This is easily one of my favorite species of tarantula, and every molt is just a thrill. I’ll be looking very forward to watching her grow into the 8″ to 9″ beast she’ll eventually become.

Lasiadora parahybana Premolt

What a difference a day makes.

After my L. itabunae molted, undergoing a drastic color change in the process, I decided it would be fun to post a before and after picture. I went through my phone, looking for a shot of my T before its molt, sure that there must be one in my collection of pics.

Nothing.

Somehow, in all of the excitement of receiving and rehousing my new pet, I forgot to snap a picture.  Although I had the molted exoskeleton, I didn’t have the pic of the spider wearing it.

So, not wanting to repeat my mistake, I made sure to snap a couple extra pics of my female L. parahybana before she molted.

My 3" LP female.

My 3″ LP female.

As luck would have it, I managed to catch her the day before her abdomen severely darkened up due to premolt. The following pictures show her yesterday evening, and then today. Notice the much darker coloration of her abdomen, an indication of her new exoskeleton developing underneath. I’m hoping that she’ll inch closer to her adult coloration with this next shed.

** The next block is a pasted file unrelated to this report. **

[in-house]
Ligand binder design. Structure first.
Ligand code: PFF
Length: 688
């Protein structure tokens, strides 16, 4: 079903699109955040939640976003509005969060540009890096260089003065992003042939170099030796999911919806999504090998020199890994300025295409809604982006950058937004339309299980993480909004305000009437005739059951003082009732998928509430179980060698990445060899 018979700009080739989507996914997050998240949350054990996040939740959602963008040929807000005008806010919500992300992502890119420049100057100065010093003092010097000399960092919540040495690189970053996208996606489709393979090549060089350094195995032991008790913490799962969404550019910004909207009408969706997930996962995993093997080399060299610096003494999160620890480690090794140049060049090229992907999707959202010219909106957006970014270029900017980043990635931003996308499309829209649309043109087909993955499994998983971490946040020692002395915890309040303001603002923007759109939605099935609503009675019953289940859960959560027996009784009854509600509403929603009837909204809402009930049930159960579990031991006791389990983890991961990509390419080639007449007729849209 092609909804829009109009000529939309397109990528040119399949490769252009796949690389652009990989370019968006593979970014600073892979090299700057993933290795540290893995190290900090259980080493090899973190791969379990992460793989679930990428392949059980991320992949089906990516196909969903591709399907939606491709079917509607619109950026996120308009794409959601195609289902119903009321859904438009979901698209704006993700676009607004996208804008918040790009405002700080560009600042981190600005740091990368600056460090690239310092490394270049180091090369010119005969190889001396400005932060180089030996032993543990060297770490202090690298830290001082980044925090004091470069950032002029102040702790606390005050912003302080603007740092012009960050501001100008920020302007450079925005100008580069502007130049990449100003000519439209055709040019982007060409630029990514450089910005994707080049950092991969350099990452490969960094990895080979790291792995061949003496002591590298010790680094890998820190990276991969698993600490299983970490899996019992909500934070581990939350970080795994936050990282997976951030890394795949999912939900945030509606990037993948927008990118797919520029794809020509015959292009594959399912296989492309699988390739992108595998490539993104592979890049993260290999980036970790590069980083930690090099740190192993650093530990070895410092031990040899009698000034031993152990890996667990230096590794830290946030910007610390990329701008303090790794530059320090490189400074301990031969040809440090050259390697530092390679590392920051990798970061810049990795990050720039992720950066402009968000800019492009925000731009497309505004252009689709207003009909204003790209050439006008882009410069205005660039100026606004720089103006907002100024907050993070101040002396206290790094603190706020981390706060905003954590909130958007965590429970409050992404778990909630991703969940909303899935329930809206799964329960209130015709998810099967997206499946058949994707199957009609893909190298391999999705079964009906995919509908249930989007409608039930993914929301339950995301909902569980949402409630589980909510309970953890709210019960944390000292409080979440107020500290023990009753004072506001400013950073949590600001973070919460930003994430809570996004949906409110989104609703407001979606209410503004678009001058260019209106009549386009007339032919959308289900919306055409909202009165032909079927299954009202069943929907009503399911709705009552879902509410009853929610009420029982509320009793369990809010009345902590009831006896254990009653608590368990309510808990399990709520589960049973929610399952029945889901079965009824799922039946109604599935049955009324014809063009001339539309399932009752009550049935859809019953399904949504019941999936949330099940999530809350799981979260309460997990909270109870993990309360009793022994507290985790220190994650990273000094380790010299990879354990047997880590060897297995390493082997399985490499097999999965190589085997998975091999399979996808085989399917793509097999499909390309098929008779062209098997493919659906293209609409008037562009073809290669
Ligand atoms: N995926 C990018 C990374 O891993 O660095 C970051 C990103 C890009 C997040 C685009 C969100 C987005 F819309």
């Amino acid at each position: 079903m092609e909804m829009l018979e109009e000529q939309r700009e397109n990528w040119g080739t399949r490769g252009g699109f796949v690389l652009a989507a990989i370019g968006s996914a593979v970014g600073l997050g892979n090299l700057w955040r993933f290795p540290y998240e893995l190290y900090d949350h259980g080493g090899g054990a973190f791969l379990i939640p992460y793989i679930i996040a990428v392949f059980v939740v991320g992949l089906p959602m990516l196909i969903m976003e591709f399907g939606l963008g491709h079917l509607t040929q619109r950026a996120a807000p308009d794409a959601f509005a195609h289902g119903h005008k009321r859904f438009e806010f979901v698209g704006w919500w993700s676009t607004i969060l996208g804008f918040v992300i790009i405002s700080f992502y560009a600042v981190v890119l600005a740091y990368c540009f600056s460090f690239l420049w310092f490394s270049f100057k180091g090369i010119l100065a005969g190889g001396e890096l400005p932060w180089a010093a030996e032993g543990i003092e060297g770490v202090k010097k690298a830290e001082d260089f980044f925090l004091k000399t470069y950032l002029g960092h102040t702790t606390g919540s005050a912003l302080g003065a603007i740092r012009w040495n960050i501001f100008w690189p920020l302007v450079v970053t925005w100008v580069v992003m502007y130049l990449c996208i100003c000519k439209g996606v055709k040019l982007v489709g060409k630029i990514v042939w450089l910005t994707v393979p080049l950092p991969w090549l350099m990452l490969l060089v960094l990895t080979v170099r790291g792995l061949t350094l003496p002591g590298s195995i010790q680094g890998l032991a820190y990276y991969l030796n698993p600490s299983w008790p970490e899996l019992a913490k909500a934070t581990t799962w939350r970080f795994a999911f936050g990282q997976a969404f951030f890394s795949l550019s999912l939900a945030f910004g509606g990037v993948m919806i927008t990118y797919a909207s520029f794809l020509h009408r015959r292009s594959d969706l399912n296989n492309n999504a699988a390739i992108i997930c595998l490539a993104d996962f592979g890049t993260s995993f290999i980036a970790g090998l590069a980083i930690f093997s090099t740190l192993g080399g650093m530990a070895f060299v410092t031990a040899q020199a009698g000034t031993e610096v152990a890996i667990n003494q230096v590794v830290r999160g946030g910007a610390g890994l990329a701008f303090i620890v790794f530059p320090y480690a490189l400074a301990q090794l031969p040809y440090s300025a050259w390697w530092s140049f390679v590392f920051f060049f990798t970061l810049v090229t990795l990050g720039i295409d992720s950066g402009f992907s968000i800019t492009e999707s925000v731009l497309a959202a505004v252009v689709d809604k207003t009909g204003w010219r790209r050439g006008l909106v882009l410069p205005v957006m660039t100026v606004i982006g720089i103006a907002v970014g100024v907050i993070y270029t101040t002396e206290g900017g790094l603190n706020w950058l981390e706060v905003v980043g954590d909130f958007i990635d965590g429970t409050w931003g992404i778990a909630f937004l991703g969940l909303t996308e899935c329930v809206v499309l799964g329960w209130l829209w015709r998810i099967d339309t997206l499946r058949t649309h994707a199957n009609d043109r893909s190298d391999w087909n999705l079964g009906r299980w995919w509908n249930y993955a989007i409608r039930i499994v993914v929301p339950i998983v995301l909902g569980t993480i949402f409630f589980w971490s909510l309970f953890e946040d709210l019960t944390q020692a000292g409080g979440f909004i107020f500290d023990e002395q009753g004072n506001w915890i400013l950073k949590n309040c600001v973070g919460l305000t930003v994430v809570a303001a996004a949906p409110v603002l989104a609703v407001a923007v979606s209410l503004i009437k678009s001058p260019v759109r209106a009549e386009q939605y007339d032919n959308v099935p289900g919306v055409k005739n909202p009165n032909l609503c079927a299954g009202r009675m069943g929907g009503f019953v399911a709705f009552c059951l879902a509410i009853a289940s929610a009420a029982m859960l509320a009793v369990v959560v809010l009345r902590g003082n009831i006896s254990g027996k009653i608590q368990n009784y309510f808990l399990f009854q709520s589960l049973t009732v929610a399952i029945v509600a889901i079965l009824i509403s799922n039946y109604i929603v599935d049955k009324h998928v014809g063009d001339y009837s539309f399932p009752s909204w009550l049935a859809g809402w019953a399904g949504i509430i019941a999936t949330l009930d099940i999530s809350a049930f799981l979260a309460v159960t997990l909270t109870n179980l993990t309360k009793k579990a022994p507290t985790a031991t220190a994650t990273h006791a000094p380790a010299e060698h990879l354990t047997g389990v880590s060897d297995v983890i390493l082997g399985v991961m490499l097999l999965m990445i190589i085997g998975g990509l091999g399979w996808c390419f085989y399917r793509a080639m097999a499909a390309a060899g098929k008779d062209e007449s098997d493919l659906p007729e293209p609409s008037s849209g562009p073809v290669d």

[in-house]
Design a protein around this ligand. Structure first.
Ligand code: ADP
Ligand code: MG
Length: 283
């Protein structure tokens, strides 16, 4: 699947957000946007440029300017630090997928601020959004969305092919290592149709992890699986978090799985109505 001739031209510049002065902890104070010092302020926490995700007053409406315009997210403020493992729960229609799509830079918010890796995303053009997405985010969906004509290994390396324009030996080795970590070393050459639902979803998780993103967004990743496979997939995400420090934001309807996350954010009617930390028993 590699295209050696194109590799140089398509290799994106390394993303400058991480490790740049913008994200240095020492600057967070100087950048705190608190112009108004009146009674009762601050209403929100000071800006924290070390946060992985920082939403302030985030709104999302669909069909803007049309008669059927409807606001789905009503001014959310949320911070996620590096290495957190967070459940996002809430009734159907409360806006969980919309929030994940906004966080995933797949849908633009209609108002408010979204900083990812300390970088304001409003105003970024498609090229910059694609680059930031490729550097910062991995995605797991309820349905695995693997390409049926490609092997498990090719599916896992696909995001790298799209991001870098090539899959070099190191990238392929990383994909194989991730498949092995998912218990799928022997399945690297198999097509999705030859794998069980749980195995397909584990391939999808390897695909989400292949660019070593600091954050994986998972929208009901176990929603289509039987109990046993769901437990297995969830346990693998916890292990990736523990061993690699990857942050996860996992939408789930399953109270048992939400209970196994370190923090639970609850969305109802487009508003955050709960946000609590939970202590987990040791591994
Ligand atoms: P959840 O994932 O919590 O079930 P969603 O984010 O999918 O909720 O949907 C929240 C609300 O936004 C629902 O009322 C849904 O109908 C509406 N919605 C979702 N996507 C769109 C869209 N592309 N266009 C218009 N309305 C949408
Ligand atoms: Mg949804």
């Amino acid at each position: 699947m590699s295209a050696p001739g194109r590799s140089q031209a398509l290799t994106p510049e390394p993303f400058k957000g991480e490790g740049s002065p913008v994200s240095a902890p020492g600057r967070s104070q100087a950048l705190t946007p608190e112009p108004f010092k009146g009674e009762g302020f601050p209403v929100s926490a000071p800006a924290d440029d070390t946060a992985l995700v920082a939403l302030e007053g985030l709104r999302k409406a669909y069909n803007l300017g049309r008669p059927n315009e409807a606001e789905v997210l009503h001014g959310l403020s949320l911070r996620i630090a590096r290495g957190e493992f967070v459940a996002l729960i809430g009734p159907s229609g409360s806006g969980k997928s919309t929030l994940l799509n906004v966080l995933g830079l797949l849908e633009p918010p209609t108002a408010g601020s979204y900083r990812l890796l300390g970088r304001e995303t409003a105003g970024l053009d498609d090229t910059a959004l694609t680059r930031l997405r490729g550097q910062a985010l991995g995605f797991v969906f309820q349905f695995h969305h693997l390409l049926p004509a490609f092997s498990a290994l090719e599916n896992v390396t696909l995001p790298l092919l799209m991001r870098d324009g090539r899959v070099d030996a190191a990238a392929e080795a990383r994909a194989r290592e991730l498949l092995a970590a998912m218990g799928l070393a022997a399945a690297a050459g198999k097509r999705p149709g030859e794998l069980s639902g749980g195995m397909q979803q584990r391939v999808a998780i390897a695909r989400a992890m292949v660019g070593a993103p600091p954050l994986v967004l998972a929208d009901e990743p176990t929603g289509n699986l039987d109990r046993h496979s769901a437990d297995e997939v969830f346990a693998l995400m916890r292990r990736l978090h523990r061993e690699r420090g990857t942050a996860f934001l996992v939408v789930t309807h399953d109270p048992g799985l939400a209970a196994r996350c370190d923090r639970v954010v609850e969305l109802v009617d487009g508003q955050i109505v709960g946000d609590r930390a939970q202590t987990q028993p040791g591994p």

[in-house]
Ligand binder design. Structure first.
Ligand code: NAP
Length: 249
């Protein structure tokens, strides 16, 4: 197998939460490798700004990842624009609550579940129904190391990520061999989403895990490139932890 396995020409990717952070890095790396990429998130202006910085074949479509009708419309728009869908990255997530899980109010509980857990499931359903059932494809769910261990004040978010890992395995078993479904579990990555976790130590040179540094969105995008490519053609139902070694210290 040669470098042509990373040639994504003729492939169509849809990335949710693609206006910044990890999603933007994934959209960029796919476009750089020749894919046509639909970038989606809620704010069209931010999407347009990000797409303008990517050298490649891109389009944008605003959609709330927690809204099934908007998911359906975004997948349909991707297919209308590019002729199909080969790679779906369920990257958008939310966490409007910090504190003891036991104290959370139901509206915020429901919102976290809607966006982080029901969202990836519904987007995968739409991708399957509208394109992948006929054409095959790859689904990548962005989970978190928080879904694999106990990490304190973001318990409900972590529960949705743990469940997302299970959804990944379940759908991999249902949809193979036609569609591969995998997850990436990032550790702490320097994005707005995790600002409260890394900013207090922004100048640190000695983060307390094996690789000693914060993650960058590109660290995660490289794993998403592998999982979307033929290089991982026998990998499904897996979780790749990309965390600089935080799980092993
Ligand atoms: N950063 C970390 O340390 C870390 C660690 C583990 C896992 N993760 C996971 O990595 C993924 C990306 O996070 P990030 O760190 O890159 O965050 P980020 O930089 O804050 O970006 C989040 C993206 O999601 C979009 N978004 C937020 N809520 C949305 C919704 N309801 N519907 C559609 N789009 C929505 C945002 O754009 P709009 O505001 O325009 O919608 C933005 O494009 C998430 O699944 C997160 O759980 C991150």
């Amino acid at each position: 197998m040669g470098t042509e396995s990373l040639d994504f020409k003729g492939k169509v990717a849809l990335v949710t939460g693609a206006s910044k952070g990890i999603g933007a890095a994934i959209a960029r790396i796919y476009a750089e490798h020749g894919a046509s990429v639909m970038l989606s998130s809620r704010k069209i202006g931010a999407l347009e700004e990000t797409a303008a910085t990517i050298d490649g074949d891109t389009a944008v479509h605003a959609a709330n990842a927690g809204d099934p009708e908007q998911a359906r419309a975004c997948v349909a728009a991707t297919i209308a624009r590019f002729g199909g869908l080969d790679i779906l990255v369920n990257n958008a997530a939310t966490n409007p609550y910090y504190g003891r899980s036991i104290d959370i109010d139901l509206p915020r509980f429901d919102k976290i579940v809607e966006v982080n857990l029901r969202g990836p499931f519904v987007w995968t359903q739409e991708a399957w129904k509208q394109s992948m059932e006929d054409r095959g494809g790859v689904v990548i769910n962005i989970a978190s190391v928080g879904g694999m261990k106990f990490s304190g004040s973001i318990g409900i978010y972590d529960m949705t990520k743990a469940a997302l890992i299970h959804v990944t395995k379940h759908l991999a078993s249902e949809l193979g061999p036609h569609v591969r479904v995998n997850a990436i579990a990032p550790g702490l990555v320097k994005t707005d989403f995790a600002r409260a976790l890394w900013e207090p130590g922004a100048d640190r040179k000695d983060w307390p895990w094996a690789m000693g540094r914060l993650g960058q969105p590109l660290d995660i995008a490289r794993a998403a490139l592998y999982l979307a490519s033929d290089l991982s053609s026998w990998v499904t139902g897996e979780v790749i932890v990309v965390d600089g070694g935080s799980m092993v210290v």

LP in early premolt. Notice the bald abdomen due to hair kicking.

LP in early premolt. Notice the bald abdomen due to hair kicking.

I would expect her to molt sometime next month, and when she does, I will definitely be posting new pics. I’m very eager to see what changes in size and appearance this next shed will bring.

LP one day later. Notice the abdomen has turned much darker. She is definitely in premolt.

LP one day later. Notice the abdomen has turned much darker. She is definitely in premolt.